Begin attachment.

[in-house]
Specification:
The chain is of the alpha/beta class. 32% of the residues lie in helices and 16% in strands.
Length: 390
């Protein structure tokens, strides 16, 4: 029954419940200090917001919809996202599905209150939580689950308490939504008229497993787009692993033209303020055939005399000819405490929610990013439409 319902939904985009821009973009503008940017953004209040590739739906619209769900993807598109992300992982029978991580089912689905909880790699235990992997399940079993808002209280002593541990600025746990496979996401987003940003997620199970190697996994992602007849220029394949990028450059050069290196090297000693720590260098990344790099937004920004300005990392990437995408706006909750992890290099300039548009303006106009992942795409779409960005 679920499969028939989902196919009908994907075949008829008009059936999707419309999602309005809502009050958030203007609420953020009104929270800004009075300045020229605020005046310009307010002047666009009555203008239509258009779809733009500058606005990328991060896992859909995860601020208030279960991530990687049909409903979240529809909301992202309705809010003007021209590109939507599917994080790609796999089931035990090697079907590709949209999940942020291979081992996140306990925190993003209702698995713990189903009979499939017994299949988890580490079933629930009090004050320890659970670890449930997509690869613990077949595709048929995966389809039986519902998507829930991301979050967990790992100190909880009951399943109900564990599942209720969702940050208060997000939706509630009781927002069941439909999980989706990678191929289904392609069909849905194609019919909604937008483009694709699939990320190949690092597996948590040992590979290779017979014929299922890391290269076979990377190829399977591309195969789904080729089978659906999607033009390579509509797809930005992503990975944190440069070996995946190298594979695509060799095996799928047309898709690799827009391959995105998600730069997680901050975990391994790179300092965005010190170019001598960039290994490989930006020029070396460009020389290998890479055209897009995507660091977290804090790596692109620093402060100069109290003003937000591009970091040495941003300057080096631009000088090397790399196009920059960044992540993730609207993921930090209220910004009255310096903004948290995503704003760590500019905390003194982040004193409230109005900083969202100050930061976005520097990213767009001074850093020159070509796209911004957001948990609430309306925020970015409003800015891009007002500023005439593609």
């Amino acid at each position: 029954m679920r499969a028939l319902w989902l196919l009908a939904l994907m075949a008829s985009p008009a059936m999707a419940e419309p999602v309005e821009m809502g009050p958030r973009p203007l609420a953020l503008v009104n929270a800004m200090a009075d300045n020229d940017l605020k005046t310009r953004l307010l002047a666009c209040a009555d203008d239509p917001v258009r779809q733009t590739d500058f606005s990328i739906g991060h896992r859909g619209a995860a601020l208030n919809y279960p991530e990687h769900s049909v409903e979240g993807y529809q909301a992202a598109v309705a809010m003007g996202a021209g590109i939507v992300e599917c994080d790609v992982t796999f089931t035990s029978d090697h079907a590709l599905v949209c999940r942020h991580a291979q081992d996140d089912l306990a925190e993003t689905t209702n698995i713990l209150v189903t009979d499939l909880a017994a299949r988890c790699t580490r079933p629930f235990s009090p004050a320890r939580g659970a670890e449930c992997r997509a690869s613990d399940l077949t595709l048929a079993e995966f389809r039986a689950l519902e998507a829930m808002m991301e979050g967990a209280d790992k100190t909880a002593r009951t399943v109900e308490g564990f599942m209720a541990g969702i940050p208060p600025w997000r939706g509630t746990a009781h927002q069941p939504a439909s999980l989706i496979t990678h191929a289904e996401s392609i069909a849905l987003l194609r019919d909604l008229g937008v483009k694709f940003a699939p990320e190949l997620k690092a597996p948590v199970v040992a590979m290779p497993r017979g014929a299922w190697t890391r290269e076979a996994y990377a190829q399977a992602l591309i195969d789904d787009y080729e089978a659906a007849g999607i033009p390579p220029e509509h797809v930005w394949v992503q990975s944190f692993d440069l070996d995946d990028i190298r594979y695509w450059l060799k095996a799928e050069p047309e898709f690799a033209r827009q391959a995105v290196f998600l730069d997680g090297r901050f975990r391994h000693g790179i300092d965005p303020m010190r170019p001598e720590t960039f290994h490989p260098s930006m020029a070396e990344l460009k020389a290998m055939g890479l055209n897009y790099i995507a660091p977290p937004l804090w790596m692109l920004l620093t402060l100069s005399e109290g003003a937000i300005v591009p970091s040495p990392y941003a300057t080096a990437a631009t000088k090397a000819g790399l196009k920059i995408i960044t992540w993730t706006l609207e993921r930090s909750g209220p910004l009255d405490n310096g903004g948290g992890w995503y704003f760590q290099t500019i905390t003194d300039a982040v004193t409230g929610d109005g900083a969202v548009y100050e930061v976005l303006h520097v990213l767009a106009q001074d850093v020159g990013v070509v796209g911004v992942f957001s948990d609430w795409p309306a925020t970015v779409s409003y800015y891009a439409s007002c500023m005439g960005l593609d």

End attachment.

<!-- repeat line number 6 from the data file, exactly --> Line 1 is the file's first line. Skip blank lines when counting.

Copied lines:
């Amino acid at each position: 029954m679920r499969a028939l319902w989902l196919l009908a939904l994907m075949a008829s985009p008009a059936m999707a419940e419309p999602v309005e821009m809502g009050p958030r973009p203007l609420a953020l503008v009104n929270a800004m200090a009075d300045n020229d940017l605020k005046t310009r953004l307010l002047a666009c209040a009555d203008d239509p917001v258009r779809q733009t590739d500058f606005s990328i739906g991060h896992r859909g619209a995860a601020l208030n919809y279960p991530e990687h769900s049909v409903e979240g993807y529809q909301a992202a598109v309705a809010m003007g996202a021209g590109i939507v992300e599917c994080d790609v992982t796999f089931t035990s029978d090697h079907a590709l599905v949209c999940r942020h991580a291979q081992d996140d089912l306990a925190e993003t689905t209702n698995i713990l209150v189903t009979d499939l909880a017994a299949r988890c790699t580490r079933p629930f235990s009090p004050a320890r939580g659970a670890e449930c992997r997509a690869s613990d399940l077949t595709l048929a079993e995966f389809r039986a689950l519902e998507a829930m808002m991301e979050g967990a209280d790992k100190t909880a002593r009951t399943v109900e308490g564990f599942m209720a541990g969702i940050p208060p600025w997000r939706g509630t746990a009781h927002q069941p939504a439909s999980l989706i496979t990678h191929a289904e996401s392609i069909a849905l987003l194609r019919d909604l008229g937008v483009k694709f940003a699939p990320e190949l997620k690092a597996p948590v199970v040992a590979m290779p497993r017979g014929a299922w190697t890391r290269e076979a996994y990377a190829q399977a992602l591309i195969d789904d787009y080729e089978a659906a007849g999607i033009p390579p220029e509509h797809v930005w394949v992503q990975s944190f692993d440069l070996d995946d990028i190298r594979y695509w450059l060799k095996a799928e050069p047309e898709f690799a033209r827009q391959a995105v290196f998600l730069d997680g090297r901050f975990r391994h000693g790179i300092d965005p303020m010190r170019p001598e720590t960039f290994h490989p260098s930006m020029a070396e990344l460009k020389a290998m055939g890479l055209n897009y790099i995507a660091p977290p937004l804090w790596m692109l920004l620093t402060l100069s005399e109290g003003a937000i300005v591009p970091s040495p990392y941003a300057t080096a990437a631009t000088k090397a000819g790399l196009k920059i995408i960044t992540w993730t706006l609207e993921r930090s909750g209220p910004l009255d405490n310096g903004g948290g992890w995503y704003f760590q290099t500019i905390t003194d300039a982040v004193t409230g929610d109005g900083a969202v548009y100050e930061v976005l303006h520097v990213l767009a106009q001074d850093v020159g990013v070509v796209g911004v992942f957001s948990d609430w795409p309306a925020t970015v779409s409003y800015y891009a439409s007002c500023m005439g960005l593609d």